Another side-effect of this trend has meant rents and costs for housing have soared to the point where even the minimum wage isn’t enough to cover living costs. Merkel’s answer was to build more apartment buildings in the cities and treat the “symptom” and not the cause — digitalization. If she had carried through with her massive digital investment promises, some companies could have considered moving out of the cities and into less expensive rural areas, freeing up rental space in the city centers.

As a private citizen, one experiences these problems on a daily basis. If you take a train from Berlin to Munich (two major cities) it is not possible to conduct business during the whole journey. There are so many “dead spots” along the journey, you have to keep calling back or logging in again, and it becomes almost impossible to conduct business. I was recently on vacation in a very remote part of the Swedish West Coast (out on an island somewhere) and had full 4G coverage, something I don’t even have in some parts of Berlin!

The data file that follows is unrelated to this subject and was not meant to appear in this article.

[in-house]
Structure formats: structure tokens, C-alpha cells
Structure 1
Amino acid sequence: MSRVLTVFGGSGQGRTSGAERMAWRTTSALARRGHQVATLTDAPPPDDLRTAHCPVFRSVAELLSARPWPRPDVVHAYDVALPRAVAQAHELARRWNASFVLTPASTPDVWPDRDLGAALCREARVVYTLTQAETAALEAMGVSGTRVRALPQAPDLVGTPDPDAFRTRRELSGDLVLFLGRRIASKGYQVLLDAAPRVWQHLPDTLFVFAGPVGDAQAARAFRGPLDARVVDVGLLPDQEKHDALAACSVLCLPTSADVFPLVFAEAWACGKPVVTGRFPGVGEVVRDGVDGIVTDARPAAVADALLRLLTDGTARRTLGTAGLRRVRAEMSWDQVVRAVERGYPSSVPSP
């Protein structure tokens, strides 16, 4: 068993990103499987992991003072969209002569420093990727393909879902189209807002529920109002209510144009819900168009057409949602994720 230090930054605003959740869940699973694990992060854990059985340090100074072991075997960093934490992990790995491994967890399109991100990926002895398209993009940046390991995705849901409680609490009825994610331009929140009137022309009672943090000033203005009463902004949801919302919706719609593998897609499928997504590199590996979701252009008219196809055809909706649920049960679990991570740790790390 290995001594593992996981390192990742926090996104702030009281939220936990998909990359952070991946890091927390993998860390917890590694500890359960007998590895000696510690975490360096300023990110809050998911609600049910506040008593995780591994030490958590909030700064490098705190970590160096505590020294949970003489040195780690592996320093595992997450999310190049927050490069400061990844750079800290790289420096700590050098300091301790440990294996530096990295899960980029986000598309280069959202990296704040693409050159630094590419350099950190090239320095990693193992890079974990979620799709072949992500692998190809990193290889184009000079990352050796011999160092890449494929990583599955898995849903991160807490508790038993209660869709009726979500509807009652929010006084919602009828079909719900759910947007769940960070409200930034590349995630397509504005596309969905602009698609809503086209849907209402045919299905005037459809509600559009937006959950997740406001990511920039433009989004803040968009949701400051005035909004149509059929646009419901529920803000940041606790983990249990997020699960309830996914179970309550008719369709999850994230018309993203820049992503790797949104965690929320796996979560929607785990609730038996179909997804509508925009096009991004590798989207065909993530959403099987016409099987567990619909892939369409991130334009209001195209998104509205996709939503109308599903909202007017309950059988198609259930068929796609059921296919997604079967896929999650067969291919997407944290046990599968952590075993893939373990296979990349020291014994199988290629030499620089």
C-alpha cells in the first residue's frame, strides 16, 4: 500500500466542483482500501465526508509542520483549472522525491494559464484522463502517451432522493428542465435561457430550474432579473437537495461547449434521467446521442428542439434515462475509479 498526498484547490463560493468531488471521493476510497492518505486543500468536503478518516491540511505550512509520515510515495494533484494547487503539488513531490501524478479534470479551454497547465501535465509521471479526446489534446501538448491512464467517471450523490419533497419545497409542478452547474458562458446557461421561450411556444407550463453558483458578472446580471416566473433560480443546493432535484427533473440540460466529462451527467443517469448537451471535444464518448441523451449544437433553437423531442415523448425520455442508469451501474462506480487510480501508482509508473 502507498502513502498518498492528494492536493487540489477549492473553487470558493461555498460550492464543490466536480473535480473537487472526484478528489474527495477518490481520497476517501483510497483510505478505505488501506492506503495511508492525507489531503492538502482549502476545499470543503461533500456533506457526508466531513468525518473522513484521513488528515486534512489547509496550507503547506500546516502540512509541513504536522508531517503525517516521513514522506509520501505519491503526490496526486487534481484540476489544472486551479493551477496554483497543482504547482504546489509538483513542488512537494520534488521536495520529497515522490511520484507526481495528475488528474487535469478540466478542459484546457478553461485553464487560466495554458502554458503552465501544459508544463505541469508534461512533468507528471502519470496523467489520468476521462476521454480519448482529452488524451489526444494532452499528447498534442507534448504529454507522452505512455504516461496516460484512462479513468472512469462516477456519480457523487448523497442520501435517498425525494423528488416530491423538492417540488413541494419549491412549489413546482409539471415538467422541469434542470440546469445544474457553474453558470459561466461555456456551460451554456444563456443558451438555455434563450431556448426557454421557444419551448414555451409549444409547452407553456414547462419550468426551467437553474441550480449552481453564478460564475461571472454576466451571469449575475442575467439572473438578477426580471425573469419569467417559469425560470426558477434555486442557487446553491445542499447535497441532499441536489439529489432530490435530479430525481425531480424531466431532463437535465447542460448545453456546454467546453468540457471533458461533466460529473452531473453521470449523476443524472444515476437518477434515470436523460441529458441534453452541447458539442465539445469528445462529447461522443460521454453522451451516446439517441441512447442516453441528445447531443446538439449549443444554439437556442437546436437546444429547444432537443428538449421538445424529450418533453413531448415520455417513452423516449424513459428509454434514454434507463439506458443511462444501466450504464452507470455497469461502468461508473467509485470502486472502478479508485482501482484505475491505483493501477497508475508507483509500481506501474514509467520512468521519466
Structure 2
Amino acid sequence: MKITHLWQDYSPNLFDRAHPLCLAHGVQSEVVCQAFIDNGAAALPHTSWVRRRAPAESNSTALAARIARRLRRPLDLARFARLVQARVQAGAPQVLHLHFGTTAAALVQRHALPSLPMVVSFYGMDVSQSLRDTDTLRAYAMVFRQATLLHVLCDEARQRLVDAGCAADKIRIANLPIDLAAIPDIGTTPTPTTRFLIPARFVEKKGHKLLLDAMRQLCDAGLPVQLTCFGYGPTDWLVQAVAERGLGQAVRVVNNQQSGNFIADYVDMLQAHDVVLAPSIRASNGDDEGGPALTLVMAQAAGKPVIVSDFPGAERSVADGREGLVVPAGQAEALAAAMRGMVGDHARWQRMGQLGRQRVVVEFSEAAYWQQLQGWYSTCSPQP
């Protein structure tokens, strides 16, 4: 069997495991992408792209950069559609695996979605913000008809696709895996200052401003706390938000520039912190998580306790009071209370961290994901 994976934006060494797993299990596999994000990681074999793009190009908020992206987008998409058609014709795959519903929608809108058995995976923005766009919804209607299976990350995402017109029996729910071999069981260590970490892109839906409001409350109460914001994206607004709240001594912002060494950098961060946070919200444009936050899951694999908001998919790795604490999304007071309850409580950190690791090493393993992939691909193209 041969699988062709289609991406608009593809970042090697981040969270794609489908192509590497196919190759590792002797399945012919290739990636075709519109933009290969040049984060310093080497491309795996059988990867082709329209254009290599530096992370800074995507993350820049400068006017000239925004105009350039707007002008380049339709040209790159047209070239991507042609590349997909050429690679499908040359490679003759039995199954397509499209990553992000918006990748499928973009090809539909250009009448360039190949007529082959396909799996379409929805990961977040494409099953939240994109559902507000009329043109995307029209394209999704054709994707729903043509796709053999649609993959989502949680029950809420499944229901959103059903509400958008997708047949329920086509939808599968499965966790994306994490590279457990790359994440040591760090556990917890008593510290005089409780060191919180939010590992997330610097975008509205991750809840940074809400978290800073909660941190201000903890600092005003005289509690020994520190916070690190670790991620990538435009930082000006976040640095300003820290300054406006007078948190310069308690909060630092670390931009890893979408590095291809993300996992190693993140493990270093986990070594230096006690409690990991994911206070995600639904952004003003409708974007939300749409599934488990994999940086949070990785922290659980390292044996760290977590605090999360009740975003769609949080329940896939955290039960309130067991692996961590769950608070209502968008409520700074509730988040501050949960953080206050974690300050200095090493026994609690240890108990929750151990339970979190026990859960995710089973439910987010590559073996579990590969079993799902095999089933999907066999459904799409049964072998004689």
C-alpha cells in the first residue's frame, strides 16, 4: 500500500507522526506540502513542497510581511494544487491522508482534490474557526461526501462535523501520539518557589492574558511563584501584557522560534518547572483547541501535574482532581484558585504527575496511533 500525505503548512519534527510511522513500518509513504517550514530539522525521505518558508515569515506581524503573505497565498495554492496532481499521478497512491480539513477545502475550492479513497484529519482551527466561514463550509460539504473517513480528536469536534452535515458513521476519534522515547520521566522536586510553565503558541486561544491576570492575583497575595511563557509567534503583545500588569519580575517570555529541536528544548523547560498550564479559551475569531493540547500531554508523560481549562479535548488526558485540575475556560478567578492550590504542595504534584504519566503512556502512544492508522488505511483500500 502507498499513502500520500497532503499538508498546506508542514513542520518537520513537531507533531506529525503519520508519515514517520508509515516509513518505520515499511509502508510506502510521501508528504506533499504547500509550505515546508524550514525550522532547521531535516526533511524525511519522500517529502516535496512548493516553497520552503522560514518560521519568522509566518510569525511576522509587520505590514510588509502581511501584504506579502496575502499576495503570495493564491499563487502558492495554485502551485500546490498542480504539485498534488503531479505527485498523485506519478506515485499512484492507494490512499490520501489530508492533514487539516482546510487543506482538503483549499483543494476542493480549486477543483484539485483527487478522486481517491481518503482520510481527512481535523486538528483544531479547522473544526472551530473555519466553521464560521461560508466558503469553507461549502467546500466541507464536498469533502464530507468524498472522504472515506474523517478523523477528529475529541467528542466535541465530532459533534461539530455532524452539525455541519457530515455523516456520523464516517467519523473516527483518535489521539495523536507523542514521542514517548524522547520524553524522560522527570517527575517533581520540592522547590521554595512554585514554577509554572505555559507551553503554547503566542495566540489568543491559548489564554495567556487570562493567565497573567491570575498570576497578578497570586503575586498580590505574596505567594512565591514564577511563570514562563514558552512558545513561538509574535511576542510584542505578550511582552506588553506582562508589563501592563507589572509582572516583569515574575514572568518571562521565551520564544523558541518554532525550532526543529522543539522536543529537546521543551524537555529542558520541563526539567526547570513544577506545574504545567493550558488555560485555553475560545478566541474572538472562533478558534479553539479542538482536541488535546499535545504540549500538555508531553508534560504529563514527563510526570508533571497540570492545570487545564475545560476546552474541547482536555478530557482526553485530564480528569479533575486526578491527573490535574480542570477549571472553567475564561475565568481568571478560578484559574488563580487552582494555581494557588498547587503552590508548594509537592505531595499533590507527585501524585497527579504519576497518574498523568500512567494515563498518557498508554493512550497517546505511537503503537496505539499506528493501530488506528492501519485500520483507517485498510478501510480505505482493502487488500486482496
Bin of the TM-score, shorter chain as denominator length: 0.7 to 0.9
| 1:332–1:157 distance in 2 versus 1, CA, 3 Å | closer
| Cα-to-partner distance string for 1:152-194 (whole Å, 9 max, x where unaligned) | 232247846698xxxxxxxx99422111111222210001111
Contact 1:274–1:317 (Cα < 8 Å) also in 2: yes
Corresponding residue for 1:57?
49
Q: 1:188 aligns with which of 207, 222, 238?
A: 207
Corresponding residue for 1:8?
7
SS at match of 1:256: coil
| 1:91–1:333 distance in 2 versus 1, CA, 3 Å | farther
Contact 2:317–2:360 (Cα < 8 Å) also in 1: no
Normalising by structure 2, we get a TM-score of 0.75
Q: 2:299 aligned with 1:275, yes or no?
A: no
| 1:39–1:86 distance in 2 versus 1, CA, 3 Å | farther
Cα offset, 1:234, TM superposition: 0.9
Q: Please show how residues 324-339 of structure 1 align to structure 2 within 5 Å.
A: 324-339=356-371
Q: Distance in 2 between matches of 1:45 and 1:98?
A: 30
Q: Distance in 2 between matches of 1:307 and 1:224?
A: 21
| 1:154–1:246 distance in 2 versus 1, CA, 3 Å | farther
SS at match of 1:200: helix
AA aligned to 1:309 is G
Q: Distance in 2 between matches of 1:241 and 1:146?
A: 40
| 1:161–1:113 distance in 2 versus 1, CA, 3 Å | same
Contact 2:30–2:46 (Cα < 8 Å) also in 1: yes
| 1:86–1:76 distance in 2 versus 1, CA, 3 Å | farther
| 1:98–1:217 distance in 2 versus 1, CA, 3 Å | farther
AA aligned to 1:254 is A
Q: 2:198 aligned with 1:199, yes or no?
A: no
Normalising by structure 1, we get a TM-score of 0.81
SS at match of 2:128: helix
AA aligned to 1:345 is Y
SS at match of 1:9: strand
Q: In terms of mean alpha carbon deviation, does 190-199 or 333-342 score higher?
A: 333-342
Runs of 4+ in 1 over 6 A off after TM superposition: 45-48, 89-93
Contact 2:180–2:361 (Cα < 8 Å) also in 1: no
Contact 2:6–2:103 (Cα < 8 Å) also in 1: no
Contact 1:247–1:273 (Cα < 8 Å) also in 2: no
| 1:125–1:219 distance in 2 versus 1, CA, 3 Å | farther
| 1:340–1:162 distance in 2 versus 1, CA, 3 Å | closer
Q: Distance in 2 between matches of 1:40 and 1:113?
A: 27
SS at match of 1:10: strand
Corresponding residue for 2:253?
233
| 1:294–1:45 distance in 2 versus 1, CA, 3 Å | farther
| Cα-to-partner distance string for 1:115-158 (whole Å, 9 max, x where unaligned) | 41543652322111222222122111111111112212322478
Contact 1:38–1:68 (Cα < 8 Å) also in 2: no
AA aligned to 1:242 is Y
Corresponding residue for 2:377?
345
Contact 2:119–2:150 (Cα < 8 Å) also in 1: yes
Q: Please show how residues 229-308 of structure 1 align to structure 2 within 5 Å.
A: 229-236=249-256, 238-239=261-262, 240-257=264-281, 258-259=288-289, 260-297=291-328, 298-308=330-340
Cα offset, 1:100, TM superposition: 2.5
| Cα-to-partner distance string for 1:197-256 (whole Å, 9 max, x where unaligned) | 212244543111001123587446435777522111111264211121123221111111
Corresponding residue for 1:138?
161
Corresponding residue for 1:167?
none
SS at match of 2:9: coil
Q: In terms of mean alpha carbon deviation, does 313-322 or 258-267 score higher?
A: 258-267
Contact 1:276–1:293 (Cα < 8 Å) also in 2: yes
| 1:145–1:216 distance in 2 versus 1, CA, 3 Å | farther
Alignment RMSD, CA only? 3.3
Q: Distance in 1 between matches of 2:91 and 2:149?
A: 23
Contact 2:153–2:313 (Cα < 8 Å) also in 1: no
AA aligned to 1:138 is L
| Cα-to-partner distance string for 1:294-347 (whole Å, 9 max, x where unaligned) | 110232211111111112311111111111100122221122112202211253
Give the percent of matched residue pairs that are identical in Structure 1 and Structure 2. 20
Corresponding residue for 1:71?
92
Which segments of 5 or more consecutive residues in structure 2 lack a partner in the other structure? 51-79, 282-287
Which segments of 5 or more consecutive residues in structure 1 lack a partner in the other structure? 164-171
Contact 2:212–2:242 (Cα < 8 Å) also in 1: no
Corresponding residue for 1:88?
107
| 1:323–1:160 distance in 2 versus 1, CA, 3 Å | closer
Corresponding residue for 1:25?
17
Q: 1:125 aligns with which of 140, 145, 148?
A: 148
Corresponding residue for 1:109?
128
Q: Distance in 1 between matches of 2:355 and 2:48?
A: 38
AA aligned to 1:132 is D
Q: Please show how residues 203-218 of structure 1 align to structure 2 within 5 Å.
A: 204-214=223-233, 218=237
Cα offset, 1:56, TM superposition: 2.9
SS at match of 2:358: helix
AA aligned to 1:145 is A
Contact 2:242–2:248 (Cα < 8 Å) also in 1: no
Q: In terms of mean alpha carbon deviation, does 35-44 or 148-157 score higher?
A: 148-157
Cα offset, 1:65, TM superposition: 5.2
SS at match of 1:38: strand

Energy/Climate Change

Merkel decided she would be a frontrunner in the race against climate change. Germany gets most of its energy from coal-fired power stations, big polluters. She decided to change this source into renewable energy resources such as wind and solar. The plan to achieve this included paying huge subsidies to these new industries through higher taxes on consumers for the energy they currently use. This has now led to the highest cost of energy for consumers worldwide. However, the expansion of these renewable energy sources has stagnated due to the incredible bureaucracy Germany suffers from (see below). Permission to build and locate windmills and solar panels can take years.